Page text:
Conference title: The idea of a life, 1500-1700
Date: Friday 17 June 2016
Organizer: Centre for Early Modern Studies at Oxford University
Venue: MBI Al Jaber Auditorium, Corpus Christi College
‘I pray you, in your letters, / When you shall these unlucky deeds relate, / Speak of me as I am’ — Othello, Act 5, Scene 2
What was a life in early modern England and Europe? What patterns and templates were used to sort, sift, organise and represent experience? How were models for a life produced and reworked? How was a life evaluated, in terms of various sorts of good — moral, spiritual, civic, familial, economic? What were the moments, and what were the processes, by which a representation of a life was circulated? Are Burckhardtian models of the birth of Renaissance individuality and depth still useful to describe early modern culture, or do we need new paradigms? If much recent early modern work has been organised around ideas of networks, coteries and communities, how has the idea of a life been revised? If autobiography is often seen as a nineteenth-century form, what kind of pre-history does it experience in the sixteenth and seventeenth centuries? How has the turn to the archive reformed our sense of early modern lives? For scholars today, what is the status of biography as a way of organising analysis of the period?
The Centre for Early Modern Studies at Oxford University invites proposals for 20-minute papers on topics that engage with the idea of a life, 1500-1700, from any disciplinary perspective. Papers are welcome on English or European materials, and from all disciplinary perspectives.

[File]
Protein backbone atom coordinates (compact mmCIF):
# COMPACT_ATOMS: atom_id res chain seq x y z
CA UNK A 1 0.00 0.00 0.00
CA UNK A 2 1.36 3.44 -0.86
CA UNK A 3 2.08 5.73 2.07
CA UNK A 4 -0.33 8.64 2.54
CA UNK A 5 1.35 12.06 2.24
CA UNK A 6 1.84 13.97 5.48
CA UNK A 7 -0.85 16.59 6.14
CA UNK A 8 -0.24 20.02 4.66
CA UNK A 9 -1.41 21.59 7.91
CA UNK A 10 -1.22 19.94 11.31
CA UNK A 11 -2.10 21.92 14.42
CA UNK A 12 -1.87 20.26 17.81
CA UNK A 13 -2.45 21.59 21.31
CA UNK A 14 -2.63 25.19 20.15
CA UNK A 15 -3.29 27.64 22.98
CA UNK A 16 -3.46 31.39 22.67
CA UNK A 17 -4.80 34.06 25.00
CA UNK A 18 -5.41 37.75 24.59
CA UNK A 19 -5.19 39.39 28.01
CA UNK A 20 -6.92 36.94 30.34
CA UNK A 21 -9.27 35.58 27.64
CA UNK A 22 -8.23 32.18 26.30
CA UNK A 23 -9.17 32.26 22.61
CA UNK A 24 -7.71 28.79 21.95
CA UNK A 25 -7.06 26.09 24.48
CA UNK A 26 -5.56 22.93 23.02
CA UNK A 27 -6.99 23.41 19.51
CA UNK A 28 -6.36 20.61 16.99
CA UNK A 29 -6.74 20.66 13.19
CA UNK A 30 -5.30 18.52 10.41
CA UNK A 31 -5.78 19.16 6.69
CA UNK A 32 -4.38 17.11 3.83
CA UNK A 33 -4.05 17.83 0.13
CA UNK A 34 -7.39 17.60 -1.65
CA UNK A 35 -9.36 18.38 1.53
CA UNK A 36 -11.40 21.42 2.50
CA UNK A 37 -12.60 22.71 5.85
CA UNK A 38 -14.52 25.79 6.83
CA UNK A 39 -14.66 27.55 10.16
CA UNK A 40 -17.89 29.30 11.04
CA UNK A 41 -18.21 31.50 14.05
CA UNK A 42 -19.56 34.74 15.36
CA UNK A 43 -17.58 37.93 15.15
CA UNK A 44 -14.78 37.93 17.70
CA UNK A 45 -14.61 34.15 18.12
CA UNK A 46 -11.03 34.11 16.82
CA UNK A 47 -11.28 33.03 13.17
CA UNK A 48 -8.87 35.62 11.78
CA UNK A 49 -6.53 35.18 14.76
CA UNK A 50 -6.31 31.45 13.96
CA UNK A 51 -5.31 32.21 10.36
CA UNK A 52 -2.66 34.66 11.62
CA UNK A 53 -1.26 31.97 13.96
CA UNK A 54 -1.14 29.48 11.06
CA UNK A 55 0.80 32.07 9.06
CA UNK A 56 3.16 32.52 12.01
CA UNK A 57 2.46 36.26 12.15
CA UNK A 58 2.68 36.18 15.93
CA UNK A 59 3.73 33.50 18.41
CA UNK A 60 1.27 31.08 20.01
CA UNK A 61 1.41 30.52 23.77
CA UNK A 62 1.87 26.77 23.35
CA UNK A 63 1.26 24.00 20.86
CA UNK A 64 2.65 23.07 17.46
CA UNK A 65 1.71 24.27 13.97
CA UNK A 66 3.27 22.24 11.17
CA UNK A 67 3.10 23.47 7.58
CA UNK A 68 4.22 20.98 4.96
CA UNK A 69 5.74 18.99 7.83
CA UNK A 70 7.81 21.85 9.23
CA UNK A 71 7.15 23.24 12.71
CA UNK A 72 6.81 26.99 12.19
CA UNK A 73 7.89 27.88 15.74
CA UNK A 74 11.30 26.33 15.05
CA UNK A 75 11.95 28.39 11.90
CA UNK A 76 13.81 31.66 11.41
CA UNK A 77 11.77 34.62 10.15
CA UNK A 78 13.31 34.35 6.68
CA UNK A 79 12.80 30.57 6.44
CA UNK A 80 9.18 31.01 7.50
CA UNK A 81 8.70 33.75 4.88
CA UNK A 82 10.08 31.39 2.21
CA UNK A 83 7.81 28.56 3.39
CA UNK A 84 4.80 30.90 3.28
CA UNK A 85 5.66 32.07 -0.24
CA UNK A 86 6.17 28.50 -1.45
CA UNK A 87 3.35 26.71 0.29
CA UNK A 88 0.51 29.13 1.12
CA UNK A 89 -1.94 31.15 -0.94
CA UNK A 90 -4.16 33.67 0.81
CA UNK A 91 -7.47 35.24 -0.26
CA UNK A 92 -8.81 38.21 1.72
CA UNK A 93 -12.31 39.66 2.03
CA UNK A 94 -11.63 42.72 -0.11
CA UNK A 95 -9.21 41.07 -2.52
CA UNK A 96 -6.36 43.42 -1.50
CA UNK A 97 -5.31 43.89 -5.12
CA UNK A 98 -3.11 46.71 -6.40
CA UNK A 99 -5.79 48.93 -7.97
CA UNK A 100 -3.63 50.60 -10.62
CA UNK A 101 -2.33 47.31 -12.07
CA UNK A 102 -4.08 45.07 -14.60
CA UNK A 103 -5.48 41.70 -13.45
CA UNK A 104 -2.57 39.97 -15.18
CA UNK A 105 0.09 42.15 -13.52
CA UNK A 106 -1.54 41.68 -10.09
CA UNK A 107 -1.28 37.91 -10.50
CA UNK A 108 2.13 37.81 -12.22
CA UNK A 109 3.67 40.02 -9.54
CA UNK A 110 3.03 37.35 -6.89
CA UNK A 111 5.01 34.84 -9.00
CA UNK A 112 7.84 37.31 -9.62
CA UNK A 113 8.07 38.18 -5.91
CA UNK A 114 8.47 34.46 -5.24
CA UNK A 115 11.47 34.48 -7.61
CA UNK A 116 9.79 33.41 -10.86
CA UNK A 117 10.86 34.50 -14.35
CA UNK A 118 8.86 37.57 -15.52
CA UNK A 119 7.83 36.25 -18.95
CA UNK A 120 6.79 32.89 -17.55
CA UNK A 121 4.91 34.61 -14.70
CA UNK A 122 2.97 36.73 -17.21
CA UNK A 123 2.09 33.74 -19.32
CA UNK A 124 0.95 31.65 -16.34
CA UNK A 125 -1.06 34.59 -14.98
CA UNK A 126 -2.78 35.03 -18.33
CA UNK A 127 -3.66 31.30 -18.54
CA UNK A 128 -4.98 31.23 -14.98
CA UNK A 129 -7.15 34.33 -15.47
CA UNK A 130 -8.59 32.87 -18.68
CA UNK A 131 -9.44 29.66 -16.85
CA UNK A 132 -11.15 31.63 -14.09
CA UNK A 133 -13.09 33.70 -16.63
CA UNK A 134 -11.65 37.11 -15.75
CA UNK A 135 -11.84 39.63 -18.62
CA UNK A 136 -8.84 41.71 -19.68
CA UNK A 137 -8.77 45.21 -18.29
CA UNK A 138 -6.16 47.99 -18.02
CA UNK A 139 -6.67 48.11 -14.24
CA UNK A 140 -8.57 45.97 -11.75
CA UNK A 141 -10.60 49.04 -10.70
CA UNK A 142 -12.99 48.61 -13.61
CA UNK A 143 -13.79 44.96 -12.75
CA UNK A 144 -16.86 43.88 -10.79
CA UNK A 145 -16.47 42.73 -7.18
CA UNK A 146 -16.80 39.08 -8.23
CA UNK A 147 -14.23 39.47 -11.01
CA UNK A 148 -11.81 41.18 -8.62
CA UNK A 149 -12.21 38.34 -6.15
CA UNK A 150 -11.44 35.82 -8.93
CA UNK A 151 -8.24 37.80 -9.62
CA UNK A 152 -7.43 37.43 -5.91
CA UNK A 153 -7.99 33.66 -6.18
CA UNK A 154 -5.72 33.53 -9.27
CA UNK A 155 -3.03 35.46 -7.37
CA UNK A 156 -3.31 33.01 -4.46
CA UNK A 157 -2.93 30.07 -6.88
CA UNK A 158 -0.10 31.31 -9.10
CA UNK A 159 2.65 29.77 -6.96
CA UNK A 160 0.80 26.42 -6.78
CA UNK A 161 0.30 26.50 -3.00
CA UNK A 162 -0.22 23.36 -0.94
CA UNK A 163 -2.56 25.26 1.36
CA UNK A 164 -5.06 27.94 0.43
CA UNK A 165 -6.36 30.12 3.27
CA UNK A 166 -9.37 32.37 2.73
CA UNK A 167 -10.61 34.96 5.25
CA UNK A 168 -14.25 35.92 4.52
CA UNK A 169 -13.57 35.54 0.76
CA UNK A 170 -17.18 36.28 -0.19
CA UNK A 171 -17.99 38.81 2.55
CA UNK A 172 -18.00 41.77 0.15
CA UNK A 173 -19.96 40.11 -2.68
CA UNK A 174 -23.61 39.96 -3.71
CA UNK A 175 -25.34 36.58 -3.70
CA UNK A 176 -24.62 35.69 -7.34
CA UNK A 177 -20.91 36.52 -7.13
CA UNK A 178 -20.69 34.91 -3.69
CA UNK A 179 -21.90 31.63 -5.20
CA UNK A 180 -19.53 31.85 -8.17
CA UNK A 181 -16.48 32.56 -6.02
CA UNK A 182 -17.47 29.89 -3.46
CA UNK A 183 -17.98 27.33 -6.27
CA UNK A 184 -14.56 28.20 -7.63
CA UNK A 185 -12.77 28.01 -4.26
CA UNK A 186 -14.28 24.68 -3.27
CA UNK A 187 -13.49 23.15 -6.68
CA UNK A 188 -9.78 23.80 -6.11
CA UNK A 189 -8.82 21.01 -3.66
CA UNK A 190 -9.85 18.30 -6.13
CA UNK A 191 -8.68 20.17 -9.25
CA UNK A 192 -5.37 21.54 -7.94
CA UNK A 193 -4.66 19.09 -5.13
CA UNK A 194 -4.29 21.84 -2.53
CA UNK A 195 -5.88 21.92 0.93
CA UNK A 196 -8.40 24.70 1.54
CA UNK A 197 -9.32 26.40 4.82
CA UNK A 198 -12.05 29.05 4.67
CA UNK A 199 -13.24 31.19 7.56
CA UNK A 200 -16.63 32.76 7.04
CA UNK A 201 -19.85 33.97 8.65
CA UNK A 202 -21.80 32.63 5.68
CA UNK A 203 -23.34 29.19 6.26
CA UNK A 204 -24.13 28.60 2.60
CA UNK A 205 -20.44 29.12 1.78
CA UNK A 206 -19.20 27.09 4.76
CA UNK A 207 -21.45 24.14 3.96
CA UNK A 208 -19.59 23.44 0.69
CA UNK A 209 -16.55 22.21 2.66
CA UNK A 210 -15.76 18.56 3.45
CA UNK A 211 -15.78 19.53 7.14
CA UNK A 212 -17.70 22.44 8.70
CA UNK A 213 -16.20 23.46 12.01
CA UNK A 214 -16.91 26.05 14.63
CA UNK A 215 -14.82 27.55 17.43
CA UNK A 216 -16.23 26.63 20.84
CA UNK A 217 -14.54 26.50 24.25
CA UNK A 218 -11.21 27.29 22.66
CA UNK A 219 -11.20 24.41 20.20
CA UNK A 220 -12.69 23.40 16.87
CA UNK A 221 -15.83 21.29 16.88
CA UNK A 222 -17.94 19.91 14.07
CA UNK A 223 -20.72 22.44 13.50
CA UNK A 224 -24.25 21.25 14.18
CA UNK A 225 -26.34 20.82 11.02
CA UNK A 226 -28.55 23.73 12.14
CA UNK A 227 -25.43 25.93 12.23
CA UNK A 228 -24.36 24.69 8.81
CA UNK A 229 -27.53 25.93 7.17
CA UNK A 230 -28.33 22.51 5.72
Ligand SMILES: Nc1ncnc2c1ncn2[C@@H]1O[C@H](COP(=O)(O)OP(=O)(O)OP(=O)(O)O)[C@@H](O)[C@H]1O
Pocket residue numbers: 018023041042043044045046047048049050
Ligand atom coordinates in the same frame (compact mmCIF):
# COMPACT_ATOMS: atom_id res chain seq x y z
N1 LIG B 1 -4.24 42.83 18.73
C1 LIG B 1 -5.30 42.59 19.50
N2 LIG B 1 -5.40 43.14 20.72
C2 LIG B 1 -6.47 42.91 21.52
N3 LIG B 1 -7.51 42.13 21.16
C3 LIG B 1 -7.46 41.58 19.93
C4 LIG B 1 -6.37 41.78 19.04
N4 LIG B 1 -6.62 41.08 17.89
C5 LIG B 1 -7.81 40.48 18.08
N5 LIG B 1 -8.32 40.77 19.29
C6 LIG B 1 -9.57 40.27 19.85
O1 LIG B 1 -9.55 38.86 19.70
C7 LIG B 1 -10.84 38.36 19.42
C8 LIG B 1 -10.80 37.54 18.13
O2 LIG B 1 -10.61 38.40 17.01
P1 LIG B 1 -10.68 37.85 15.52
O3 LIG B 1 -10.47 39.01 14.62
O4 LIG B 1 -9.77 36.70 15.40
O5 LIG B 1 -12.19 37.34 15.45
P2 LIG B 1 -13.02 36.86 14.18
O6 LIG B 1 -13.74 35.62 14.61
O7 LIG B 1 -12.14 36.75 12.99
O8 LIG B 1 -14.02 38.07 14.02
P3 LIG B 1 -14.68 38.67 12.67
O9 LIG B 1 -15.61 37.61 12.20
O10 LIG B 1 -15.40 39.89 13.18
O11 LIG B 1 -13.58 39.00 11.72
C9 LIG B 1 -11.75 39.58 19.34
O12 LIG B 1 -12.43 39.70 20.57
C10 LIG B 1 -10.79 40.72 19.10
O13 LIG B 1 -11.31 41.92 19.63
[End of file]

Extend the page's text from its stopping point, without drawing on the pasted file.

Papers might include (but are not limited to) topics such as
Life and the archive: inclusions, exclusions, mediations
Memorialization: modes of remembering a life
Recording lives: note-taking, diary keeping, commonplace books, information management
Classical models of a life
Saints lives and martyrologies
Public and private lives: honour, service, love, family
Typology and reiterated lives
Interiority and inwardness
Experimental predestinarianism, and the search for signs of grace
Fulfilment, contentment, happiness
Posthumous lives, reputation, honour, influence
Forms of autobiography and experiments in life-writing
Lives of artists
The good life
The role of biography in early modern studies
Editing lives and letters
The stages of life: youth and age.
Please send a 300-word proposal and a brief (one-page) CV to Dr Adam Smyth (firstname.lastname@example.org) by 25 April 2016.